2,209 publications found
Sort by
Transdisciplinary science and the importance of Indigenous knowledge.

As we move ever closer to the brink of global environmental collapse, it is vital that we work collaboratively and collectively as global, national, and local communities to design multiscale change. Protecting future generations and reversing (or substantively slowing) the current trends require rapid sustainable progress at the required scale. It is more urgent than ever that we understand and more fully realize the power of transdisciplinary (Td) research to support sustainable practice. A defining factor of Td is the focus on collaboration and codesign and the extent that participation and attention to local context is integral to the knowledge building. Specifically, there is greater ability for community knowledge, values, and aspirations to influence and shape research inquiries to effect meaningful change in real-world decision-making and outcomes. Business-as-usual (BAU) approaches that perpetuate unequal knowledge sharing and dismiss other forms of knowledge beyond traditional science no longer suffice. Transdisciplinary approaches seek to achieve and support sustainable change, but the extent of transformation required to meet ecological protection and regenerative sustainability requires very different operating models for knowing and doing science than the limited traditions of positivist science. However, these powerful defaults and operating paradigms are more deeply ingrained than we might realize, and so challenges persist. This article illustrates how Td science differs from typical research paradigms, particularly in terms of the underlying epistemology; the focus on knowledge and/or power; attention to boundaries and scope; and the degree to which local knowledge, context, and community participation underpin the research process. Active conversations are required to better identify and overcome fundamental challenges for science and Td research approaches to support the necessary transformational change. Importantly, we suggest that Indigenous partnerships, knowledge, and values are vital in achieving the potential of Td research to provide transformational interventions to address complex social and environmental issues such as pollution. Integr Environ Assess Manag 2023;00:1-12. © 2023 SETAC.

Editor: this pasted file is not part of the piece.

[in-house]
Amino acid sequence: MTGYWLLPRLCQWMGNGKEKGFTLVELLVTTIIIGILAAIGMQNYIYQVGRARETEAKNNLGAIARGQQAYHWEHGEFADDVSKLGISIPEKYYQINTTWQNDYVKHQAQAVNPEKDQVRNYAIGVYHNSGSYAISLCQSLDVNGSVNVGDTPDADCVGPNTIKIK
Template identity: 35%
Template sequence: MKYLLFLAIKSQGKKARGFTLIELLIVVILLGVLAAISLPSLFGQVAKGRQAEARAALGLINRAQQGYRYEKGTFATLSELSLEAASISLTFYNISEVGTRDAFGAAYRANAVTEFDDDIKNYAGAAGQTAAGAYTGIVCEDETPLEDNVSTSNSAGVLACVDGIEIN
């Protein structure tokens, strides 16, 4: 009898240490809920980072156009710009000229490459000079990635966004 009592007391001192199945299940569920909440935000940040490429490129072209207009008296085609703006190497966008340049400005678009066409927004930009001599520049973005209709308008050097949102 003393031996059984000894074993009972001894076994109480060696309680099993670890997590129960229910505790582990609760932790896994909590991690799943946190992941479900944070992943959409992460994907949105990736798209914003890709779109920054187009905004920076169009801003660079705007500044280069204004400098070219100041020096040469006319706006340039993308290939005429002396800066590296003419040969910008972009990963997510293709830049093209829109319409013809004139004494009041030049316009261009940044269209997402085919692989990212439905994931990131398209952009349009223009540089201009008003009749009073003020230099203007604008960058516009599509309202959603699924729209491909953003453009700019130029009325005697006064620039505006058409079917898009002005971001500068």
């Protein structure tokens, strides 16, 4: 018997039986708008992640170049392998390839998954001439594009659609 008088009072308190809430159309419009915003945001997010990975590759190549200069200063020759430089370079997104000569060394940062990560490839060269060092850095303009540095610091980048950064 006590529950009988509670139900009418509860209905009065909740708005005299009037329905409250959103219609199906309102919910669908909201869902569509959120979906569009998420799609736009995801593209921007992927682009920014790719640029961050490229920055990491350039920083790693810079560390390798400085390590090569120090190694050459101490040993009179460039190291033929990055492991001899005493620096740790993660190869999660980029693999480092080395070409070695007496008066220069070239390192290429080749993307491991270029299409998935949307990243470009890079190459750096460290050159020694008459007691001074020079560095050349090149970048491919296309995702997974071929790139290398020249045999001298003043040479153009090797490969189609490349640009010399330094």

Developing a composite index for urban ecosystem services (Hyrcanian forests-Gorgan).

The current era has been termed the "Anthropocene," because of the irreversible impact of human activities. Land use change and urban growth are examples of these disturbances leading to the reduction in many ecosystem services (ESs). The subject of this study, Gorgan, has undergone significant changes that significantly affected the area. Studying these changes and understanding their effects on the ecosystem is essential. An integrated method was used to investigate the process of changing the urban ESs over 35 years, considering the physical and ecological characteristics of the area. This marks the first time such a study has been conducted using the hexagonal unit. Then, the composite total ecosystem services (TESs) index was calculated from the modeled and quantified combination of six ESs, including water yield, flood volume, net primary production, soil retention, carbon sequestration, and air pollution removal. Thereafter, the ESs were mapped and evaluated across time and space. The TES is proposed as an appropriate measure for quantifying ES supply and can indicate the overall function of ESs. According to the findings, the TES value declined from 0.427 in 1985 to 0.247 in 2005 and declined to 0.192 in 2020. Moreover, the Hyrcanian forests were the main source of the highest TES in Gorgan city, whereas urban areas had the lowest levels. The shortage of ESs in the study area has resulted in various crises. These include reduced air quality, heightened flood risk, soil erosion, and ecological imbalances in urban regions. Integr Environ Assess Manag 2023;00:1-16. © 2023 Society of Environmental Toxicology & Chemistry (SETAC).

The efficacy of biodiversity and ecosystem assessment approaches for informing a regenerative approach to built development.